Scientists made a sensational statement about the origin of life on Earth – Rus.Media
Scientists made a sensational statement about the origin of life on Earth
Japanese scientists have proved that life on Earth over half a billion years.
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Japanese geologists found in the North-Eastern canadian deposits of organic species, which suggests that life has had to exist on Earth at least four billion years ago, reports Rus.Media.
The first living organisms appeared on Earth during the Archean era, and while there is no generally accepted point of view about how and when life began. To date, there is some fossil evidence that germs already existed in the primary ocean of the Earth about 3.4 billion years ago, but many scientists believe that life could arise much earlier in this level.
Three years ago, Japanese geologists have found hints that life has existed on Earth for about 3.7 billion years ago, studying samples of graphite from Greenland. Last year, scientists discovered the first unambiguous evidence for the existence of life in that era, and in 2015 they are found in Australia approximate traces of living organisms inhabiting the Earth’s oceans 4 billion years ago. Recently, the British geologists found hints of the existence of microbes that lived on Earth almost immediately after the birth of the planet, 4.28 billion years ago.
Akizumi Ishida from Tokyo University (Japan) and his colleagues discovered traces of life in Greenland, continued digging, trying to find other deposits of graphite, “molded” from the remains of the first living organisms on Earth.
These deposits, scientists searched for already well-established technique for studying the structure, chemical and isotopic composition of the oldest rocks formed on the ancient continental platforms. Usually graphite of biogenic origin give two things – a low proportion of “heavy” carbon-13 and the special structure of its grains, which includes many elements similar in shape and size of cells of bacteria and archaea.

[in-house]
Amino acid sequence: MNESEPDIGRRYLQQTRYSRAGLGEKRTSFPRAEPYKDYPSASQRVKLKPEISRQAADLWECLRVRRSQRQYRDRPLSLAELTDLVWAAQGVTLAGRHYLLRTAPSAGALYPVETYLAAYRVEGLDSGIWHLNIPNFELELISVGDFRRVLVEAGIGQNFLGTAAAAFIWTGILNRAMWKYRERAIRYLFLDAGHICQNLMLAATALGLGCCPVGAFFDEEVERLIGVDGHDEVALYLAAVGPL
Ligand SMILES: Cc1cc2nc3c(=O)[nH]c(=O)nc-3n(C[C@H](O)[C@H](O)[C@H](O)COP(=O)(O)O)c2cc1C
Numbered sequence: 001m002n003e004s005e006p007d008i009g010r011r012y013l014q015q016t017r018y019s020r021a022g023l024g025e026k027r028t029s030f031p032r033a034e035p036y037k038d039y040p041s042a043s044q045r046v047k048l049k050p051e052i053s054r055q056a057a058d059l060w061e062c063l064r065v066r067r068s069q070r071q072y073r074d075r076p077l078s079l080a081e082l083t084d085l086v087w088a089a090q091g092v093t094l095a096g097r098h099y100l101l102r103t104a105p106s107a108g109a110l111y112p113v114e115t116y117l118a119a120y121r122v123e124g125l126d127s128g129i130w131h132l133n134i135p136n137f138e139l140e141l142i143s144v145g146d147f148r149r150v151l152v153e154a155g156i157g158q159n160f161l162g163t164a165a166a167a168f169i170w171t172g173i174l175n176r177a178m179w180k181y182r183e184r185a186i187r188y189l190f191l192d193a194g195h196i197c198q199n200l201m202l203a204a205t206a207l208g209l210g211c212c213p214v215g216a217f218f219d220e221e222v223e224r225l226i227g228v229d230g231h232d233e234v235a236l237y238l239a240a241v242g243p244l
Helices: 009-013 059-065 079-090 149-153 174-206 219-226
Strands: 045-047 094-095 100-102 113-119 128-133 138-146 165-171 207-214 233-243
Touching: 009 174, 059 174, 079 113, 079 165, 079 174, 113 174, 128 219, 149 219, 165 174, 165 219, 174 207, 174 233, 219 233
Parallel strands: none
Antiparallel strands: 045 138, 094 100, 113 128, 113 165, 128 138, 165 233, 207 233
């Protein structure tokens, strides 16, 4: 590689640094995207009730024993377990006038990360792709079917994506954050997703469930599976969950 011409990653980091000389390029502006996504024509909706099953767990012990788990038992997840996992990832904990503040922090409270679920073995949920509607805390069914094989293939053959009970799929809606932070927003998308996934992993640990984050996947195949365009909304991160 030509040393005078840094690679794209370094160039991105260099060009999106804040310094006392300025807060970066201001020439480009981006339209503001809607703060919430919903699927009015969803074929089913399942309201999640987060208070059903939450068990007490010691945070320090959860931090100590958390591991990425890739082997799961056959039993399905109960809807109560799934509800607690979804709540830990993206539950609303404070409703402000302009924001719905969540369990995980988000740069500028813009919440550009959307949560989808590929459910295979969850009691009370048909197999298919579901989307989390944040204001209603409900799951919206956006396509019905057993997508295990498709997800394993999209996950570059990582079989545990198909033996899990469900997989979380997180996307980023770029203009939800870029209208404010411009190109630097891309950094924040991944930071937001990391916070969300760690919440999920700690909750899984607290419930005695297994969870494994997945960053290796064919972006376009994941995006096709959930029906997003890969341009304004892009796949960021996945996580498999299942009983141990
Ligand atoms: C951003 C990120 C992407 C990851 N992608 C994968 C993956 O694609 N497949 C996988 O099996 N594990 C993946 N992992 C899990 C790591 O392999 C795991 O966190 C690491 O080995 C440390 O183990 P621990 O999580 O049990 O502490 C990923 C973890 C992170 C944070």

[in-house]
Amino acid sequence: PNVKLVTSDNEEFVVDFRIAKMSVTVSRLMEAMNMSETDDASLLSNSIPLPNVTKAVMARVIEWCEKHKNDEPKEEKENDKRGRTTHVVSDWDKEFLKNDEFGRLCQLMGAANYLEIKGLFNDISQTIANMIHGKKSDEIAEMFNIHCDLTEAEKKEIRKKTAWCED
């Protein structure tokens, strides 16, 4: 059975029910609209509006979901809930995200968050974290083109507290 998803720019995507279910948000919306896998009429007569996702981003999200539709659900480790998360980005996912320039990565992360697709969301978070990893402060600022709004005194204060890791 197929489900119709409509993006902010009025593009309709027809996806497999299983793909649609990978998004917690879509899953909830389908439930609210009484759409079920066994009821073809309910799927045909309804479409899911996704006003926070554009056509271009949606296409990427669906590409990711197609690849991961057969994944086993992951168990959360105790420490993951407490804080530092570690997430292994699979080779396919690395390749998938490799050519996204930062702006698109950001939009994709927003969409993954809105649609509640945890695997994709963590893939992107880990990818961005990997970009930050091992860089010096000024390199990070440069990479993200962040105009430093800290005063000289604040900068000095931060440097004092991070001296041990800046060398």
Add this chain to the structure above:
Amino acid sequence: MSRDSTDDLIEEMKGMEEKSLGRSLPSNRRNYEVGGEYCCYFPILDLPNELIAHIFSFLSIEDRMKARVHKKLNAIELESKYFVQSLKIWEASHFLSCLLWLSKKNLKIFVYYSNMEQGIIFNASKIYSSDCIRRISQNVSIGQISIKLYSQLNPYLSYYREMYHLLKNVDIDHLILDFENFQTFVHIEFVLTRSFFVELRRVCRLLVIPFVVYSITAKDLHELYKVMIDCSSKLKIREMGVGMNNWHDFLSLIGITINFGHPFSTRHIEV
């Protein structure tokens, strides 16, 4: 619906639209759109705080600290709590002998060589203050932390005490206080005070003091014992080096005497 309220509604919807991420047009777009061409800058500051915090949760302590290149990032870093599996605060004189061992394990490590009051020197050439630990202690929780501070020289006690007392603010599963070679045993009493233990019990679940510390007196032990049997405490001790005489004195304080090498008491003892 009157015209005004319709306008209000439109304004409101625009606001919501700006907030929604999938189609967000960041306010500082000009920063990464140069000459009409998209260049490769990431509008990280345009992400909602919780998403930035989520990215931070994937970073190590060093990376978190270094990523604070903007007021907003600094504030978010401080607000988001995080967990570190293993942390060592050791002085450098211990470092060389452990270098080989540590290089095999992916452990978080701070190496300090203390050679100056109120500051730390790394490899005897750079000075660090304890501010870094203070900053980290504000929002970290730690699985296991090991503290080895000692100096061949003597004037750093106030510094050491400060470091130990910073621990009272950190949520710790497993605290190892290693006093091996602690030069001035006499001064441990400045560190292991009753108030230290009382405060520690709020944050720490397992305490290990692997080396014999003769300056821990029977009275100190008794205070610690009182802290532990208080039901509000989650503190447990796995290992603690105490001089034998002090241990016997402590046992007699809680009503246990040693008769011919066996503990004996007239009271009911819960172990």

Similar deposits of ISIS and his associates found in the North-East of Canada, near the city of St. John’s, the capital of the island of Newfoundland. Inside of local rocks that were formed about 3,95 billion years ago, scientists found many small cavities, which contained graphite.
This discovery forced them to split in about one hundred and fifty stones from Newfoundland and to study in detail the isotopic composition of these inclusions and to analyze their form. Japanese geologists found about three dozen of graphite, which meet both the criterion of biological origin.
A large number of samples of graphite has allowed ISIS and its colleagues to disclose details of what looked like the life that spawned them, and in what conditions it lived. For example, a fairly high proportion of yttrium and other rare-earth metals indicate that the first microbes the Earth did not live in freshwater lakes and in salt water. Today, many scientists doubt the idea, pointing to the lack in the primordial ocean of the Earth many critical elements, such as boron or manganese, present in large quantities on the land.
In addition, low concentrations of “heavy” carbon in these deposits indicates that these bacteria feed on hydrogen or pure organic matter using the energy to convert molecules of carbon dioxide (CO2) to carbon monoxide and to use it to synthesize amino acids and other “building blocks of life.”
This, in turn, confirms one of the most popular theories today about how it looked like LUCA (LUCA), the common ancestor of all living beings that lived in the vicinity of underwater volcanoes or hydrothermal vents. Further excavations, as Japanese scientists hope, will help complement his portrait with new details.